Extension of existing software often requires systematic and pervasive edits?programmers apply similar, but not identical, enhancements, refactorings, and bug fixes to many similar methods. The vision of this research is to produce a novel example-based program transformation approach. Our key insight is that by learning abstraction transformation from examples, we can automate systematic edits in a flexible and easy-to-use manner. In our evaluation of real world bug fixes, our approach LASE found fix locations with 99% precision, 89% recall, and applied fixes with 91% correctness. It also fixed locations missed by human developers, correcting errors of omissions. This project is sponsored by National Science Foundation CAREER Award CCF-1149391: Analysis and Automation of Systematic Software Modifications.
Keywords: Code Transformation; Refactoring; Static and Dynamic Analysis; Experimental Evaluation
During collaborative software development, developers need to
analyze past and present software modifications made by other
programmers in various tasks such as carrying out a peer code
reviews, bug investigations, and change impact analysis. CHIME
project addresses the following fundamental questions about software
modifications: (1) what is a concise and explicit representation of
a program change? (2) how do we automatically extract the
differences between two program versions into meaningful high-level
representations? (3) How can we significantly improve developer
productivity in investigating, searching, and monitoring
software modifications made by other developers?
This CHIME project is sponsored by National Science Foundation Grant CCF-1117902: Analytical Support for Investigating Software Modifications in Collaborative Development Environment.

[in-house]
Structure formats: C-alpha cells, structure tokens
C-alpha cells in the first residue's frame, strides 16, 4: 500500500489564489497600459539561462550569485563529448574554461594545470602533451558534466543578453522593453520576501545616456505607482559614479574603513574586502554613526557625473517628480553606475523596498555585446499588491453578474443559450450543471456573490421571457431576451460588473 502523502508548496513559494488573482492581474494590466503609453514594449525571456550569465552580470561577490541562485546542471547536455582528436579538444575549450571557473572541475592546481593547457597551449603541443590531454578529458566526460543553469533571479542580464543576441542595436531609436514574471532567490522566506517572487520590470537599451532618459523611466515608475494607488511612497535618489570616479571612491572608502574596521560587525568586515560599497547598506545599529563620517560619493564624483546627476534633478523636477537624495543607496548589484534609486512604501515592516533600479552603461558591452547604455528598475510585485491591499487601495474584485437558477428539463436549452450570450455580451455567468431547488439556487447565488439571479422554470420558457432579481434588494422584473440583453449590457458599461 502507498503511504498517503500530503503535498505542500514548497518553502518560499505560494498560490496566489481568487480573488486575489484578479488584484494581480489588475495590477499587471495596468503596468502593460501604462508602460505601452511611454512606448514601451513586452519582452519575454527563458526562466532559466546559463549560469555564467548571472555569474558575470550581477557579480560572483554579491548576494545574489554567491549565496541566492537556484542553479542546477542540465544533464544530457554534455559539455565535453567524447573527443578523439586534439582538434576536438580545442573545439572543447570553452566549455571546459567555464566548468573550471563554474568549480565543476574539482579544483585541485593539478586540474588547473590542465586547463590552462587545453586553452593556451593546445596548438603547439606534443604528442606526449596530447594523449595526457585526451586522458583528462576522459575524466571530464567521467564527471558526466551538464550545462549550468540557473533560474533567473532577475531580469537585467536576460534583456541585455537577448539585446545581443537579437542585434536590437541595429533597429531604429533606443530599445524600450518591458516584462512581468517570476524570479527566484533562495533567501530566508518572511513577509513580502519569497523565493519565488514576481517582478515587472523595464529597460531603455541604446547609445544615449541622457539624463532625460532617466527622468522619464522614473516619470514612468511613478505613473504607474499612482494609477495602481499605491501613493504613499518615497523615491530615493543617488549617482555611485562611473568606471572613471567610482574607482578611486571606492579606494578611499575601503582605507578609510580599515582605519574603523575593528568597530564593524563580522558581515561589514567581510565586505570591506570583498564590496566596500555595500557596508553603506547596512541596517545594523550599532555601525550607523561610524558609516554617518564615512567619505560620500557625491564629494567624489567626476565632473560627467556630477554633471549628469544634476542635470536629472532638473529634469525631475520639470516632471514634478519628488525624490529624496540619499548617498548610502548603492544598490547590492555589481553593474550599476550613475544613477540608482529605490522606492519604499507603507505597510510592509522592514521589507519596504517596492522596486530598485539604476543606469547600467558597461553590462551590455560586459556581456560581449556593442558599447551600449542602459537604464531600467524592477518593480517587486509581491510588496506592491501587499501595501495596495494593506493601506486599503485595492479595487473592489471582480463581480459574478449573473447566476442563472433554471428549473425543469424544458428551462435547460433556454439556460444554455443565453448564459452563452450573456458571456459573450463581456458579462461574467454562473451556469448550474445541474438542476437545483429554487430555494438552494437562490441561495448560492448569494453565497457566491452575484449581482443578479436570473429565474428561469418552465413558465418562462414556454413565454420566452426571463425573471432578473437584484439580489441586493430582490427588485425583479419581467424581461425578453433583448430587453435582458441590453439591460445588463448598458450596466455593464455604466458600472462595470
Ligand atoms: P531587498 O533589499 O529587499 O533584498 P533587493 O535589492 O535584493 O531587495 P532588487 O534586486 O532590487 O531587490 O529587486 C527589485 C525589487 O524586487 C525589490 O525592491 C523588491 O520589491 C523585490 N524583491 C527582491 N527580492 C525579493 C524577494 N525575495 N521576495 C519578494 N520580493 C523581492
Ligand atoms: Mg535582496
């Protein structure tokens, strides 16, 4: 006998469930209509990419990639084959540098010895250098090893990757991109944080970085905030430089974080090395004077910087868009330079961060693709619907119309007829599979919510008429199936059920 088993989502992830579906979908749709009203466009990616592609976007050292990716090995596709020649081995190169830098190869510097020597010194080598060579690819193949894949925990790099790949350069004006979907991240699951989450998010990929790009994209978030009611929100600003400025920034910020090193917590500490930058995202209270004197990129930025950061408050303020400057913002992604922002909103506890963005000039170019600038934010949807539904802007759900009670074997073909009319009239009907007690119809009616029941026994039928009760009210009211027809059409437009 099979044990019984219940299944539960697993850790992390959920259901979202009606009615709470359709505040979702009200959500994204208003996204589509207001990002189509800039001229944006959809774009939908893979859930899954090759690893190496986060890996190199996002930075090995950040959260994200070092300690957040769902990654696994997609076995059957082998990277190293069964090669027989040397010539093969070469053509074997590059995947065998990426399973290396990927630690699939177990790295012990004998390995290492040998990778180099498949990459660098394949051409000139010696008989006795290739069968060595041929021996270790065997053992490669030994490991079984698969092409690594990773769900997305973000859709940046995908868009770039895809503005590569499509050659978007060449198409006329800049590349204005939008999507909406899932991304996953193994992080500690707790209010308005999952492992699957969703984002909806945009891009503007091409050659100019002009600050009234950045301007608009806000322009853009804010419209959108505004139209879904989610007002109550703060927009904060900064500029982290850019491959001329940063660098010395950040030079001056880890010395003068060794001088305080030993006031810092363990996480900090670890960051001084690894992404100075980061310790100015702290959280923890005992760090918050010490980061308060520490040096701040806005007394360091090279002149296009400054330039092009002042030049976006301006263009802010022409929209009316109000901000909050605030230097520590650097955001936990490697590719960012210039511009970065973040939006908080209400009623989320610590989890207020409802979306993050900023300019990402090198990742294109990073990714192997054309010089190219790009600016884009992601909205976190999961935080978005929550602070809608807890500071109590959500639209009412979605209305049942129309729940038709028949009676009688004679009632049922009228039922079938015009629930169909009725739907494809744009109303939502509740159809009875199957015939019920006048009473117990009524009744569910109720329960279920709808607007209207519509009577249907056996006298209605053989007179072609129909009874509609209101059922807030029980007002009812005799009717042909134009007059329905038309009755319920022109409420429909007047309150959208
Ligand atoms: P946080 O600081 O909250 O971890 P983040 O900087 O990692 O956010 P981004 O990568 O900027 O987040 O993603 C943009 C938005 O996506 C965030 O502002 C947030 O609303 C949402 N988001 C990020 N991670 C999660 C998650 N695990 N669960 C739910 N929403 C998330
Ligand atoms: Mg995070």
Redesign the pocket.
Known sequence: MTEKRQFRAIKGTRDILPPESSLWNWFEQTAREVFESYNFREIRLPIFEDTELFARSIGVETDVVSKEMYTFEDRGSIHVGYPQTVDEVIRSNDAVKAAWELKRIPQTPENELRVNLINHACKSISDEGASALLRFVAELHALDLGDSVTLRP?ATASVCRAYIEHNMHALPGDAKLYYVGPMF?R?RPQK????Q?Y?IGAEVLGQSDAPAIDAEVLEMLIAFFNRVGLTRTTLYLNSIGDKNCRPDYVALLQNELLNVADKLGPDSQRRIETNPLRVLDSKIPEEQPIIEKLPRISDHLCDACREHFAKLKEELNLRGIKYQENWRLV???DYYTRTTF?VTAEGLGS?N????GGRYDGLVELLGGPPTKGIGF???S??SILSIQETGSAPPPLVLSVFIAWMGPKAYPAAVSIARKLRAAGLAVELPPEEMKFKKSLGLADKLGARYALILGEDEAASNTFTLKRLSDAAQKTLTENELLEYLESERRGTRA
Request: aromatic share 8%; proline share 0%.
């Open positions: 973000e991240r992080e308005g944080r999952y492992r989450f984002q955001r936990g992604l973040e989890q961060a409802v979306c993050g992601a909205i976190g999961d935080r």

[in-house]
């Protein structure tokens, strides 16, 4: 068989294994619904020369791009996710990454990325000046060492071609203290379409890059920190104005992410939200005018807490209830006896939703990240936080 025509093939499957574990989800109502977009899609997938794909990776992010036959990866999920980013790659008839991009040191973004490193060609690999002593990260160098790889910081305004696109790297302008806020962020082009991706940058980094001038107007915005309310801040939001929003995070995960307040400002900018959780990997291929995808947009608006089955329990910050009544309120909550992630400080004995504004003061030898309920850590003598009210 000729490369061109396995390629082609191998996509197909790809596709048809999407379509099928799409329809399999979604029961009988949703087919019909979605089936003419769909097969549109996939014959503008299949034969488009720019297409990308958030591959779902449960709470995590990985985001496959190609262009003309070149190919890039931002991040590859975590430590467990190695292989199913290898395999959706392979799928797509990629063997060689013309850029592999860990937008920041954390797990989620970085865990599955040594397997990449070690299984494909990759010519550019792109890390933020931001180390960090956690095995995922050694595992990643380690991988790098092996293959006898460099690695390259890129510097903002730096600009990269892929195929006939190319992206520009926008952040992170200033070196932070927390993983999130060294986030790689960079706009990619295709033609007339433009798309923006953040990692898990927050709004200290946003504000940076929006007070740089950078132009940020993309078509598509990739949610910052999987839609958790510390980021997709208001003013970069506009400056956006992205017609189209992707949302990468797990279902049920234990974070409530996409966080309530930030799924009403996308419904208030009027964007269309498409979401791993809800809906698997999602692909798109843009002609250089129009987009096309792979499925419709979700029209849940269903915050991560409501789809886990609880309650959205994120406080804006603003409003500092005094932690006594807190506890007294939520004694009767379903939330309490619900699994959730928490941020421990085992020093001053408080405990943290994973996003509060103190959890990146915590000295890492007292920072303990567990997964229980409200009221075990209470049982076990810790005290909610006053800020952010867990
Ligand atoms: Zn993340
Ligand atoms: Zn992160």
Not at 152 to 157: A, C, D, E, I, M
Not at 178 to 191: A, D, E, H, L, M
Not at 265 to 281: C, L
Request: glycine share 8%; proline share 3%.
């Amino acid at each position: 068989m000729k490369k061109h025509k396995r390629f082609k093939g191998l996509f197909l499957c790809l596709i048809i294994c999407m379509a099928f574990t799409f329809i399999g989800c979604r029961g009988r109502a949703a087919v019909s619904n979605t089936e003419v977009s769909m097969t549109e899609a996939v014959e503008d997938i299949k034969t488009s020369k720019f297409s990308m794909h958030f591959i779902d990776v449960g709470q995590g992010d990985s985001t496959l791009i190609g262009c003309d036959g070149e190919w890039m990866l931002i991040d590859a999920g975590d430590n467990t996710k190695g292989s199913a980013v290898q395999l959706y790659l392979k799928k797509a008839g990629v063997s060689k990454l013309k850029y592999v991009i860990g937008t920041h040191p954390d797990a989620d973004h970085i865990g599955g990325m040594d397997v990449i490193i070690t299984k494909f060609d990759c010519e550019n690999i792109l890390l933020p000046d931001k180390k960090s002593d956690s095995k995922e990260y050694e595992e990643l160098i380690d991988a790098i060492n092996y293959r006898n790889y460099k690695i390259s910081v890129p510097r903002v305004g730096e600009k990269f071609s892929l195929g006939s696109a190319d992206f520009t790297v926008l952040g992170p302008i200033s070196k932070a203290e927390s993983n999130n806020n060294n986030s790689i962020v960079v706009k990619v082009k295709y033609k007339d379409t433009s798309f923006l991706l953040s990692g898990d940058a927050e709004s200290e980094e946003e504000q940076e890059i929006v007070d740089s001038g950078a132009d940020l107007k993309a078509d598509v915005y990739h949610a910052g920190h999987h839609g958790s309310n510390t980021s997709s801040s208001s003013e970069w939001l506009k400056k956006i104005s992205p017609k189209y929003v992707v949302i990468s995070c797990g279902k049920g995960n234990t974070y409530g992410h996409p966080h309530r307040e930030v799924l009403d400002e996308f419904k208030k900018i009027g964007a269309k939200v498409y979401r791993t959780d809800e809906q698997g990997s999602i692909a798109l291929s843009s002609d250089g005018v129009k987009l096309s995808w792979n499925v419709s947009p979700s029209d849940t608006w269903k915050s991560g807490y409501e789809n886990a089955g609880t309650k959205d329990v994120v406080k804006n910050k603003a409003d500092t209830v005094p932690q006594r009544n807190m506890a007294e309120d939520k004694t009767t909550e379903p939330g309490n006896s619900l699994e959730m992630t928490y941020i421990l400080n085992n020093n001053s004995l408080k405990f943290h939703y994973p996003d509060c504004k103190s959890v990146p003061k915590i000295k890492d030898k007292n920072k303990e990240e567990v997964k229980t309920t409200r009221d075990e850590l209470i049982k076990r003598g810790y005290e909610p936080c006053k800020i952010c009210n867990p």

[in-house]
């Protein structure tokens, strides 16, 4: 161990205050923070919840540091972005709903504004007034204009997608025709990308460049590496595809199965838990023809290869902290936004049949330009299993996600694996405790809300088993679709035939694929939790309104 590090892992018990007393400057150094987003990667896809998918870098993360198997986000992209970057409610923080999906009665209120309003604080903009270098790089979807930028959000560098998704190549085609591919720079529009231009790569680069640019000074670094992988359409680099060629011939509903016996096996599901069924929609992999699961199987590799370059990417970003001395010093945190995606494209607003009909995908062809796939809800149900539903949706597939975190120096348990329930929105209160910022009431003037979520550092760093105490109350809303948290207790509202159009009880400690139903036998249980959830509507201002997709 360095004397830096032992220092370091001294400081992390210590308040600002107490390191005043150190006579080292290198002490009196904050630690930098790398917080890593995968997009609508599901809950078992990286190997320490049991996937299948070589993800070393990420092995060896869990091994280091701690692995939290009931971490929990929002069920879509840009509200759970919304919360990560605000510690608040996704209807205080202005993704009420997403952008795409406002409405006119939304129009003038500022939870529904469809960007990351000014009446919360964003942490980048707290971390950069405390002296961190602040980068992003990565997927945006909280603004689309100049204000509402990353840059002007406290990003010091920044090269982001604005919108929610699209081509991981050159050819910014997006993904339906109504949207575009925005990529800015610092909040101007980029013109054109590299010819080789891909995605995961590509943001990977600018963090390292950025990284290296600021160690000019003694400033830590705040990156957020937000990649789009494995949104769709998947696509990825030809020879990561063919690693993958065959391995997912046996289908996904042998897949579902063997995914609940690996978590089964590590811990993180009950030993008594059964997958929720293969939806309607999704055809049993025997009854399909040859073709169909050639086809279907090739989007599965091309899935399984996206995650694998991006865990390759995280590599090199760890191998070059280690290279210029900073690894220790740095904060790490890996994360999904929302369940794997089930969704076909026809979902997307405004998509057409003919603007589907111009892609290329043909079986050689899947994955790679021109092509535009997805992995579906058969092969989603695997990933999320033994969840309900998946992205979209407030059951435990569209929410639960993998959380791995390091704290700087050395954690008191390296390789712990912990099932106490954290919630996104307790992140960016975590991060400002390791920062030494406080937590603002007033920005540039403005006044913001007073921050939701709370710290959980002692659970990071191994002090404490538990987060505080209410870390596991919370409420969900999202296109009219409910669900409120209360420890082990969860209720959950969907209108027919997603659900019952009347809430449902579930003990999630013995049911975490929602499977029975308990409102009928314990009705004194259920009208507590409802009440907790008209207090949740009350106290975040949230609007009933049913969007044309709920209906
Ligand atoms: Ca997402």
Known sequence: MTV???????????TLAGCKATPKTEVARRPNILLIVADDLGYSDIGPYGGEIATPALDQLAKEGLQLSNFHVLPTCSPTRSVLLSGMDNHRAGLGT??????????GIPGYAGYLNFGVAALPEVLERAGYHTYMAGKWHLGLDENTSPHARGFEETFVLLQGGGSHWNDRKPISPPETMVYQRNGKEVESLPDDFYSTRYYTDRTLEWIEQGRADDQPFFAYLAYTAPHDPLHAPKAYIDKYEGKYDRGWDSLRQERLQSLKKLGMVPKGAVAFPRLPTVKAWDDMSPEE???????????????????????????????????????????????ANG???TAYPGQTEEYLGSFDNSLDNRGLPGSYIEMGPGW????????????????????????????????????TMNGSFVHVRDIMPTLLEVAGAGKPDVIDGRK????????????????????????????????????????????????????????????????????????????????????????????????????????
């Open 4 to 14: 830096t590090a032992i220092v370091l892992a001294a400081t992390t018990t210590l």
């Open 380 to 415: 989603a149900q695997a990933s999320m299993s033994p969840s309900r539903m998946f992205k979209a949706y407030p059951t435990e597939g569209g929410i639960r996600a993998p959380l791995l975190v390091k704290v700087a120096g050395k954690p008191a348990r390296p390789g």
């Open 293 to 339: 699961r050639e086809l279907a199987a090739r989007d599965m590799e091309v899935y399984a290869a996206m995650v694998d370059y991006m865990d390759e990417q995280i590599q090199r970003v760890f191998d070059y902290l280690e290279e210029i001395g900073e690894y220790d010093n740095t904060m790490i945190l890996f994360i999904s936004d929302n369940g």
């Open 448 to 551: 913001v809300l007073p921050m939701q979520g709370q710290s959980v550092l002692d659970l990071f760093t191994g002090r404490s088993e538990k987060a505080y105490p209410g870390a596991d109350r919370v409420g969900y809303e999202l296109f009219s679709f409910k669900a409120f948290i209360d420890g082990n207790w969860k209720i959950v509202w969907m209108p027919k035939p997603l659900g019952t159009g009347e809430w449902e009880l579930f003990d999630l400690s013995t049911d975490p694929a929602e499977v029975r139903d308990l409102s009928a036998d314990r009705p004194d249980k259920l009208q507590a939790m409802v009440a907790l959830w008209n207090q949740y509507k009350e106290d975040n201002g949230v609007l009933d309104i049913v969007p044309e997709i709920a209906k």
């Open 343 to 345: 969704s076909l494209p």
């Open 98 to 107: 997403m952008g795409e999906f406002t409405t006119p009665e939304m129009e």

Keywords: Program Differencing; Code Change Analysis; Empirical Studies; Mining Software Archives; Collaborative Software Development
Software is rarely written from scratch. Refactoring is a technique that is used for cleaning up legacy code or as a preparation for bug fixes or feature additions. Modern integrated development environments now ship with built-in refactoring support to automate refactoring.
By performing survey and interviews with professional engineers
and by analyzing software version histories, we study the
characteristics of real-world refactorings. Our study finds that
real-world refactorings are not necessarily behavior preserving
and they are beyond the scope and capability of existing
refactoring engines. Real-world refactorings are often done
manually and error-prone. Developers perceive that refactoring can
be risky and they have a hard time justifying refactoring
investments due to the difficulty of assessing refactoring
benefits. Our goal is to design pragmatic techniques to help
developers have a high confidence about carrying out real world
refactoring. We are currently designing analysis algorithms that
support refactoring-aware code reviews and an approach that
monitors and assesses the impact of real world refactoring.
The nature of systems that intertwine the cyber and the physical demands completely new approaches to developing robust, reliable, and verified software, hardware, and physical components jointly. In this project, we aim to make fundamental advances by creating a new assertion-driven approach for developing and debugging cyber-physical systems. As opposed to traditional uses of assertions in software engineering, our approach is unique in that we use mathematical models of physical phenomena to guide creation of assertions, to identify inconsistent or infeasible assertions, and to localize potential causes for CPS failures. Our goal is to produce methods and tools that facilitate the active use of physical models, which have existed for centuries, for verifying cyber-physical systems.This BRACE project is sponsored by National Science Foundation Grant CNS-1239498 CPS: Synergy: Physically-Informed Assertions for CPS Development and Debugging.
|It has been long believed that
duplicated code fragments indicate poor software quality and
factoring out the commonality among them improves software quality;
thus, previous studies focused on measuring the percentage of code
clones and interpreted a large (or increasing) number as an
indicator for poor quality. On the other hand, we investigated how
and why duplicated code is actually created and maintained using two
empirical analyses. we used an edit capture and replay approach to
gather insights into copy and paste programming practices. To extend
this type of change-centric analysis to programs without edit logs,
we developed a clone genealogy analysis that tracks individual
clones over multiple versions. By focusing on how code clones
actually evolve, we found that clones are not inherently bad and
that we need better support for managing clones.
Keywords: Code Duplication; Software Forking; Software Reuse